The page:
MEXICO CITY – The stock market is dropping. Protesters are marching on the capital. Citizens are lighting candles in hopes of divine intervention.
Two weeks after a still-undecided presidential election, the suspense is testing Mexico’s young democracy. The highly respected Federal Electoral Institute is charged with making sure that the tug of war doesn’t reverse democratic gains made since President Vicente Fox’s stunning victory six years ago ended 71 years of one-party rule.
Mexican stocks have given up nearly all of the huge gains made after the July 2 vote, and the peso, which initially rallied on news of conservative Felipe Calderon’s apparent victory, has stalled amid confusion over who won.
Leftist Andres Manuel Lopez Obrador, who refuses to concede, has given Mexico’s electoral court what he says is evidence of fraud. He calls Calderon a fascist, and is demanding a nationwide, vote-by-vote recount.
Lopez Obrador will lead hundreds of thousands – perhaps millions – in a Mexico City march to demand that electoral officials review all 42 million ballots cast, something those officials say they can’t do. Thousands of his supporters have converged on Mexico City in caravans after scattered nationwide protests.
Some of his supporters have been adorning their windowsills with votive candles normally reserved for saints, praying that the former Mexico City mayor will reach the presidency.
Calderon is building a transition team and planning a victory tour, even though his 244,000-vote advantage – just under 0.6 percent of the vote – isn’t official until the elections court weighs all appeals and issues a final decree.
This week, the electoral court will hold public sessions to sift through claims by both sides of irregularities – including a television juice advertisement whose blue background matching the ruling party’s color allegedly sent subliminal messages in support of Calderon. On Friday, electoral officials from around the county were turning over to the court electoral materials.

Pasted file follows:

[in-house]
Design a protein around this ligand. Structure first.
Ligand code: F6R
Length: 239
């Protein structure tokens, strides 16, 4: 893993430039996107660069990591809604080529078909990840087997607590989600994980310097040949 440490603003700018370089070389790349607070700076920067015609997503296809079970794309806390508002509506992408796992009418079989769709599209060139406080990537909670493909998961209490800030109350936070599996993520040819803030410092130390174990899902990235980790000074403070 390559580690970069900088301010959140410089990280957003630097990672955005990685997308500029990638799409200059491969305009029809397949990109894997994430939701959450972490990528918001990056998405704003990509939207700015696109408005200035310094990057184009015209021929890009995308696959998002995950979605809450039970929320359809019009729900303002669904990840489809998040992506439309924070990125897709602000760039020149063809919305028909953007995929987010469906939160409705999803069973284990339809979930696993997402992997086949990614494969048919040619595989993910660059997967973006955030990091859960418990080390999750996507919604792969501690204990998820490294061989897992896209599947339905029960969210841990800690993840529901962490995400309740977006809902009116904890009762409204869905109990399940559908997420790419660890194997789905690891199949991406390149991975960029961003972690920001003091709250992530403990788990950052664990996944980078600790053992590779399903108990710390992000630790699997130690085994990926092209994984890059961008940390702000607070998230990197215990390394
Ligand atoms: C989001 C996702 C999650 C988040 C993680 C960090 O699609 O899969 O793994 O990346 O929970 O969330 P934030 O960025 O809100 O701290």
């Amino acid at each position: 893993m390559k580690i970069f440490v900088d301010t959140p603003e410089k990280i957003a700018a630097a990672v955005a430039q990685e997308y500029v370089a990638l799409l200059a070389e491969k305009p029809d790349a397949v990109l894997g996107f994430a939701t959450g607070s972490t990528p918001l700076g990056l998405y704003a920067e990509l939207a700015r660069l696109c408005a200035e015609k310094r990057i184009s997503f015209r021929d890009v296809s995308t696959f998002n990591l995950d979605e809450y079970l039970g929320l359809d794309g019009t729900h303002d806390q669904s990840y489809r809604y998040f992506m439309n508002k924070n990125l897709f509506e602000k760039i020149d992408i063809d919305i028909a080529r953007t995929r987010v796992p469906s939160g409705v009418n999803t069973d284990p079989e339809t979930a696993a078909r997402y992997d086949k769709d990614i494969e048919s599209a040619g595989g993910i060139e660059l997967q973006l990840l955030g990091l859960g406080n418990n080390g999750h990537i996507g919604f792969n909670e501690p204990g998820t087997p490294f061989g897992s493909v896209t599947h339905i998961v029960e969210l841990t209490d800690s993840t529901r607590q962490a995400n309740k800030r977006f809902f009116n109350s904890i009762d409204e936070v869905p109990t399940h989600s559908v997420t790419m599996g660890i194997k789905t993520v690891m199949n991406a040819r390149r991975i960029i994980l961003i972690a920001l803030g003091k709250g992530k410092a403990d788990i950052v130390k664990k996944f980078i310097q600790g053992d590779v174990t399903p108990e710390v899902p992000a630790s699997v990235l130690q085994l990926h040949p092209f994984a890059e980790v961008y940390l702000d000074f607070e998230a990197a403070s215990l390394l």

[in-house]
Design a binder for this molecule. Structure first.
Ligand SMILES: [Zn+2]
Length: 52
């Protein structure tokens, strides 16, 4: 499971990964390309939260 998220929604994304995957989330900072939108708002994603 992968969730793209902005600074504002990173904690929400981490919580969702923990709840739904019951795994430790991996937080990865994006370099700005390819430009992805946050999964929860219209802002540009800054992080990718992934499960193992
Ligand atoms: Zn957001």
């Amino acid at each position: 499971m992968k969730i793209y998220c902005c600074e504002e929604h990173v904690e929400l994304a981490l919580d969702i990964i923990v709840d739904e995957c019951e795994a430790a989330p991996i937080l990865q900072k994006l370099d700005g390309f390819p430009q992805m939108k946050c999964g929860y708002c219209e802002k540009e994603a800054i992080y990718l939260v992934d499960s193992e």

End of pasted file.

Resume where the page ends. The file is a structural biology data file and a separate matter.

Lopez Obrador’s Democratic Revolution Party has handed over a nearly 900-page legal challenge claiming the election was tainted by fraud and that his rival’s attack ads – including spots that were eventually banned for comparing Lopez Obrador to Venezuelan President Hugo Chavez – were illegal.
Calderon’s ruling National Action Party has filed its own appeals using an army of about 1,000 lawyers, most of them volunteers. It alleges human error at 500 polling places, and has also filed responses to Lopez Obrador’s allegations.
The court could uphold Calderon’s victory, rule that Lopez Obrador really won, or annul the election completely and order another. Since 2000, it has annulled election results in two gubernatorial races: in Lopez Obrador’s home state of Tabasco in 2000, and in the western state of Colima in 2003.
No decision is expected for weeks. The Federal Electoral Tribunal, which handles appeals and certifies the presidential race, has until Aug. 31 to rule, at which point the magistrates will add up the votes that survived challenges. The court’s decision is final, and a president-elect must be declared by Sept. 6. He will take office on Dec. 1.
Meanwhile, tensions are rising between the supporters of the candidates. Illustrating the divide the race has caused, a local television station recently aired a homemade video of an angry confrontation between a middle-class, middle-aged Calderon supporter and a crowd of Lopez Obrador followers.
The woman, a Calderon campaign sticker stuck to her shiny new sport utility vehicle, was shaking and near tears, screaming hysterically that the Lopez Obrador supporters were being manipulated by the leftist campaign and that the country needs to wake up.
The Lopez Obrador supporters yelled back that she was crazy, shaking their heads in disbelief and laughing until she drove away.